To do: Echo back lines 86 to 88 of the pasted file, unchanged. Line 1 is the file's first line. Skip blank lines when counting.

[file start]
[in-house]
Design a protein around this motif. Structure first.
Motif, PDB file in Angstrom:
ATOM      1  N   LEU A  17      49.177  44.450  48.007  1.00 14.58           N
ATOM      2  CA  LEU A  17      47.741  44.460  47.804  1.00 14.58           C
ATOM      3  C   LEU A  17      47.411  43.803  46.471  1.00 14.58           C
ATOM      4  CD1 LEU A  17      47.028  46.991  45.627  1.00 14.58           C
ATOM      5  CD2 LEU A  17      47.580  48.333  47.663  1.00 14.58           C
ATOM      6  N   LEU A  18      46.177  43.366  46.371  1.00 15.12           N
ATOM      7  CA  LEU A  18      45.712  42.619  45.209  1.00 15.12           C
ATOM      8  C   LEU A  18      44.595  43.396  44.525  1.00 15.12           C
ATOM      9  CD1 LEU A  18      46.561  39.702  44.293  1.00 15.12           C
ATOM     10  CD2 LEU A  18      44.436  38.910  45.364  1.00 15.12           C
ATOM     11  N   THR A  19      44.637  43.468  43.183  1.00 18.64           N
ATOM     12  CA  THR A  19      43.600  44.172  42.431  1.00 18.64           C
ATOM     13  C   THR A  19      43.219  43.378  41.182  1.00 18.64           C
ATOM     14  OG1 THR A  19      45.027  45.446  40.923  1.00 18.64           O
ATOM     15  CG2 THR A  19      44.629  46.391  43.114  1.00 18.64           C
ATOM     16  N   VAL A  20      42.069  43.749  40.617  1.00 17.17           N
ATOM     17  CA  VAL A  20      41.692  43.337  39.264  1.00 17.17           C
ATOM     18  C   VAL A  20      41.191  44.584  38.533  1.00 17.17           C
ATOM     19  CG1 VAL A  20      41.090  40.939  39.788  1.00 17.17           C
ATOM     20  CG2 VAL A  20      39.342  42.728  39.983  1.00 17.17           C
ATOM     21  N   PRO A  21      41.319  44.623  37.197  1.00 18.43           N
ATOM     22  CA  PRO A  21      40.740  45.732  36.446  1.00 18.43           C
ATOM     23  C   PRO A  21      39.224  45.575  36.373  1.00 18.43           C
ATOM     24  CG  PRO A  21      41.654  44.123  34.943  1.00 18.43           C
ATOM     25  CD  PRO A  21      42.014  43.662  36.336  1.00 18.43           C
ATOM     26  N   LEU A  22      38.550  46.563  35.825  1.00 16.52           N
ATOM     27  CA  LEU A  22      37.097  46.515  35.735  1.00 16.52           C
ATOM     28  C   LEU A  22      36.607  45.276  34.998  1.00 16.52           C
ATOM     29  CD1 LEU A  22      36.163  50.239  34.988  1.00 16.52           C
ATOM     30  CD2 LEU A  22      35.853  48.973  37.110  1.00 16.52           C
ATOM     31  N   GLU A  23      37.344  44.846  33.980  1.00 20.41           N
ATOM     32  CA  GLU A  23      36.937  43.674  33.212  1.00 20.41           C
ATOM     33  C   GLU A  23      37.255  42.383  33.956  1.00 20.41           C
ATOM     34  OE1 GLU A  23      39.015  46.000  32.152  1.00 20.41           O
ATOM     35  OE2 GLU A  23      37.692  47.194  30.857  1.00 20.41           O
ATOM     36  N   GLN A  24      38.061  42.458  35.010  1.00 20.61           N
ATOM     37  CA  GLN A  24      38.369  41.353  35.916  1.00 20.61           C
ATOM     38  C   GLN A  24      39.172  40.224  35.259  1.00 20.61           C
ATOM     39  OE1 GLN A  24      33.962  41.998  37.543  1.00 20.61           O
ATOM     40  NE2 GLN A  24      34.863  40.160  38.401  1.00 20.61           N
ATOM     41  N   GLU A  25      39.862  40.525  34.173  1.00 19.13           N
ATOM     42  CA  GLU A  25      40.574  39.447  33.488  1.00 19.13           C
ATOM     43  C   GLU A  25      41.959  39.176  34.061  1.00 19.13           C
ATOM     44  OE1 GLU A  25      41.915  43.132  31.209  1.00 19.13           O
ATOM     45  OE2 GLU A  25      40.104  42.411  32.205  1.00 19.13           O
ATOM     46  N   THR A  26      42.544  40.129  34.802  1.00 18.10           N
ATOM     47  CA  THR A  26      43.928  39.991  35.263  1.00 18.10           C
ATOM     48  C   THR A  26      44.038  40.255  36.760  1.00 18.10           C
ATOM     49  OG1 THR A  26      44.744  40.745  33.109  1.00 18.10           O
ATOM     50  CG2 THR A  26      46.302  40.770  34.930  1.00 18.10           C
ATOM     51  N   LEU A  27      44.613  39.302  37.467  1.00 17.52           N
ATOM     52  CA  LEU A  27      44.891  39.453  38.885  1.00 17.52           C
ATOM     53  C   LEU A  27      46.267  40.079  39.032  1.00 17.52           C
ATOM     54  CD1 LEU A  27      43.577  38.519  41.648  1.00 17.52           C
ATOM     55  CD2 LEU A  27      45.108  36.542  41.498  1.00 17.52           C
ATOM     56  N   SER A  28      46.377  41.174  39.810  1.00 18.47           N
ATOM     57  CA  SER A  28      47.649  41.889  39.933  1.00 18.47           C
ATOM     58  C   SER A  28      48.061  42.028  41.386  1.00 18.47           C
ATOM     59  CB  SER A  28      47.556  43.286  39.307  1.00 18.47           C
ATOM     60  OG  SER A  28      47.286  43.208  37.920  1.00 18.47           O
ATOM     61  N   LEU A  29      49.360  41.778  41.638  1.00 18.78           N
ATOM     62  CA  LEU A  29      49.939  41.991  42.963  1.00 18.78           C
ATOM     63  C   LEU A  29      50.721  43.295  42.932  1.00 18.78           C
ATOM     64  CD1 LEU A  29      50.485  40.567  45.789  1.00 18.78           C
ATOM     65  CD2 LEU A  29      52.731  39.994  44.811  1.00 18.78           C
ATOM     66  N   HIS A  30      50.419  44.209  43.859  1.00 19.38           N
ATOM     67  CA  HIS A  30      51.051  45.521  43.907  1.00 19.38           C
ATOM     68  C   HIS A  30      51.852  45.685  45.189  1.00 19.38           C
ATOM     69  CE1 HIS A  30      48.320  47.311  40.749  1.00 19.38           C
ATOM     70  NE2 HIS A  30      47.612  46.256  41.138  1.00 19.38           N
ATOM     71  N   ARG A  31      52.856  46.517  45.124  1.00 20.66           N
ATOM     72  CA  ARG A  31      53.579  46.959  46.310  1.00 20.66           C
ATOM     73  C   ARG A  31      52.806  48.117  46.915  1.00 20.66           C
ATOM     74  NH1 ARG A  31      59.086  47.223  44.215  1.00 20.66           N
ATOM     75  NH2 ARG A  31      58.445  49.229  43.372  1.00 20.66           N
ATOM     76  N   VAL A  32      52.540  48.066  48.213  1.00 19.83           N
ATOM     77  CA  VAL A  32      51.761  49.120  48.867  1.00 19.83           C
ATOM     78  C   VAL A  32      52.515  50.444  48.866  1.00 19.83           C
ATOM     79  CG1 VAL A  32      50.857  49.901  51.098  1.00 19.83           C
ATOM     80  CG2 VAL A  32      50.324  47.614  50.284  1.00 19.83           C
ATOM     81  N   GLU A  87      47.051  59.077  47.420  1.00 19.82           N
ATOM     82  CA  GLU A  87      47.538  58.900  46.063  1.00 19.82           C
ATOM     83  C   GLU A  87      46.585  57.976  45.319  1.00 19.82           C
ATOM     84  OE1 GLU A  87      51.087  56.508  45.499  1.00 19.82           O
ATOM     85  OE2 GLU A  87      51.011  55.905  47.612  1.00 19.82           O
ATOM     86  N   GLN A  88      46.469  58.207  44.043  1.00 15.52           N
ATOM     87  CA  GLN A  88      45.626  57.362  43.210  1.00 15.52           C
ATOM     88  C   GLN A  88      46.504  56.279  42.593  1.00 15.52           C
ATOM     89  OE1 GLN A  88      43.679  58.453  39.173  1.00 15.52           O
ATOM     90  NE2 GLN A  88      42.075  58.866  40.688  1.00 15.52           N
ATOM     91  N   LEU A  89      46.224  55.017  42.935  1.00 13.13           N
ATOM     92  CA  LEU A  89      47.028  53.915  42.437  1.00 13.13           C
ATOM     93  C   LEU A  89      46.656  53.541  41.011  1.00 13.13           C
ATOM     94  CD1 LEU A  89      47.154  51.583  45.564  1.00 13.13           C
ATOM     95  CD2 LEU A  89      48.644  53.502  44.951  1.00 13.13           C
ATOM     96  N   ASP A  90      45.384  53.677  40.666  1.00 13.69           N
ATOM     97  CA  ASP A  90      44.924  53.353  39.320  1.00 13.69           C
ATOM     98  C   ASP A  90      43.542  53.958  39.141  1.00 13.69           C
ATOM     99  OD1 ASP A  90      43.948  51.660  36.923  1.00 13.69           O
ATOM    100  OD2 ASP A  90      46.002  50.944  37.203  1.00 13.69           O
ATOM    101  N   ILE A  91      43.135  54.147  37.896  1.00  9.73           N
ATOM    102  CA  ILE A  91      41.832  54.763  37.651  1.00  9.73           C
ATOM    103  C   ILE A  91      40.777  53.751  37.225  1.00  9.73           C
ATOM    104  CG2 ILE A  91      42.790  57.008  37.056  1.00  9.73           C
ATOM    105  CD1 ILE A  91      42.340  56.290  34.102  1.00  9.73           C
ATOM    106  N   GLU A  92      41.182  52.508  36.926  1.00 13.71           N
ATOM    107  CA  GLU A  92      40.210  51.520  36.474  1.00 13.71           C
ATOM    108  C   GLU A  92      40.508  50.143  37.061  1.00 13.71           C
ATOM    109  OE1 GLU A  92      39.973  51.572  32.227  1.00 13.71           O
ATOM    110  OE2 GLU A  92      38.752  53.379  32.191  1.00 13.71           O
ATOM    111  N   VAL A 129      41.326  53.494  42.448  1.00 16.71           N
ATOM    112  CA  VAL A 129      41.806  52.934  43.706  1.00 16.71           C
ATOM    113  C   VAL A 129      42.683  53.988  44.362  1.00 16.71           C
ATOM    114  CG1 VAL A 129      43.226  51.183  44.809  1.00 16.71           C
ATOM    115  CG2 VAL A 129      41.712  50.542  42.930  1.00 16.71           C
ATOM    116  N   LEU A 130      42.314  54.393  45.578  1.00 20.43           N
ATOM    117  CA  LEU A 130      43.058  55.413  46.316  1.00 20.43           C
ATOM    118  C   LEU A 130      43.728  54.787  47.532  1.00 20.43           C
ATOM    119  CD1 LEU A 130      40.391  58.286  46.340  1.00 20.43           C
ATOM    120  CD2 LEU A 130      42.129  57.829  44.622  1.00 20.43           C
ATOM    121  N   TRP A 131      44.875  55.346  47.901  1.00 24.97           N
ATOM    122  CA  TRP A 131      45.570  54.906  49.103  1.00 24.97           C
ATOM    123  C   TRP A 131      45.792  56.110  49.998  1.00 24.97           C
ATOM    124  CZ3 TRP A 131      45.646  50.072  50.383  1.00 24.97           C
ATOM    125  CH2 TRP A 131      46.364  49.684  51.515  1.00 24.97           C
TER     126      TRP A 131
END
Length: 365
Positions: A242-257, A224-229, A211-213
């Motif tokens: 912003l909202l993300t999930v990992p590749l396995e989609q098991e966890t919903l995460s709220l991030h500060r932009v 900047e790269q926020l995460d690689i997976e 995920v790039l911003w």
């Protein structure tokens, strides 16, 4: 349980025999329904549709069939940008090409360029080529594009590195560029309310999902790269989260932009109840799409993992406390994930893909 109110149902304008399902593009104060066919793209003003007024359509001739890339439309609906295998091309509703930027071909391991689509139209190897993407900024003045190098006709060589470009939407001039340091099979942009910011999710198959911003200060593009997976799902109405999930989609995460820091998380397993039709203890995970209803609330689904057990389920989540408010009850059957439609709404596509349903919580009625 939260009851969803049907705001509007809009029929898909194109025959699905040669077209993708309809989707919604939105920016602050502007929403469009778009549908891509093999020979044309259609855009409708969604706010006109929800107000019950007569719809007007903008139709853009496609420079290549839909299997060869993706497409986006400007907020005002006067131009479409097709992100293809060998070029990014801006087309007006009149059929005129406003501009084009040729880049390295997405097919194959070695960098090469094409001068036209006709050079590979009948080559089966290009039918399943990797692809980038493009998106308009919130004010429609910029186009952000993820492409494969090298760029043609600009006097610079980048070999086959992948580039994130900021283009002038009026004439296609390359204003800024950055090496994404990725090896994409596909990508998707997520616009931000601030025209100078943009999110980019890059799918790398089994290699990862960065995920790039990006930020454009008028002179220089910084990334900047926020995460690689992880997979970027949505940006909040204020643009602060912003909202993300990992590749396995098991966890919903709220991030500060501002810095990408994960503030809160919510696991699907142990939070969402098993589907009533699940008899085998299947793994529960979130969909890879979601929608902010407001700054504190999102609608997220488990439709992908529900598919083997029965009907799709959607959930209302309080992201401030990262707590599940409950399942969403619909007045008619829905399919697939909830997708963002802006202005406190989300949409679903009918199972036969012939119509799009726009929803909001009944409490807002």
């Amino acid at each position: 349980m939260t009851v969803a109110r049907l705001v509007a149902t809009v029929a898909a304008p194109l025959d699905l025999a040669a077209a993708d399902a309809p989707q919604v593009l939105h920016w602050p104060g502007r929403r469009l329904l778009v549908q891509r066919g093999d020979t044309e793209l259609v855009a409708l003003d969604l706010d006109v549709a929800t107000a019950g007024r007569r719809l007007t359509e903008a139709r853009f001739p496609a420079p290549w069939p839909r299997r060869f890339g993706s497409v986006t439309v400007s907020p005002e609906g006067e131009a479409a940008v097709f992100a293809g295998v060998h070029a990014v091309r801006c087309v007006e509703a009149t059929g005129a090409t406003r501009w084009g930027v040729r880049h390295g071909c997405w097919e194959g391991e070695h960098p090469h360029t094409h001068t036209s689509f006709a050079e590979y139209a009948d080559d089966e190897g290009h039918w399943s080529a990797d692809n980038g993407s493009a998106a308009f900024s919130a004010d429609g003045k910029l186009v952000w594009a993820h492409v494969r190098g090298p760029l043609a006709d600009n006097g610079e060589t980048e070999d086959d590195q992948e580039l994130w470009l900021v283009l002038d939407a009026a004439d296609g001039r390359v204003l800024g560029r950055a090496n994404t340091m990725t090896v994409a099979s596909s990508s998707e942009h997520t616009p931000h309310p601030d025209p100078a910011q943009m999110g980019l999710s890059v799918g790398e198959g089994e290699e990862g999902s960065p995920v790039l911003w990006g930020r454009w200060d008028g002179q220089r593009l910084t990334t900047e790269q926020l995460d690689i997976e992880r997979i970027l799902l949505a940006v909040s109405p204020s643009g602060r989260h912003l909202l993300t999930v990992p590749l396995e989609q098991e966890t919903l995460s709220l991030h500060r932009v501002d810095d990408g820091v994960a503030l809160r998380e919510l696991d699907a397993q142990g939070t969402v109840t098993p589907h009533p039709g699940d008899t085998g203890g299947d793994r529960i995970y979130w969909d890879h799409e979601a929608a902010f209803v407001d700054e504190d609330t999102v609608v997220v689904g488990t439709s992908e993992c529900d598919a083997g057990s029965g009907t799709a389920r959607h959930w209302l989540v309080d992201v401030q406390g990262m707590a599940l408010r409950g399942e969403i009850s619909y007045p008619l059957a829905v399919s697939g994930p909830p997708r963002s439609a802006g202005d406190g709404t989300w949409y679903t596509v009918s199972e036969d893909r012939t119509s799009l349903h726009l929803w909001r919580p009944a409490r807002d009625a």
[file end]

ATOM     83  C   GLU A  87      46.585  57.976  45.319  1.00 19.82           C
ATOM     84  OE1 GLU A  87      51.087  56.508  45.499  1.00 19.82           O
ATOM     85  OE2 GLU A  87      51.011  55.905  47.612  1.00 19.82           O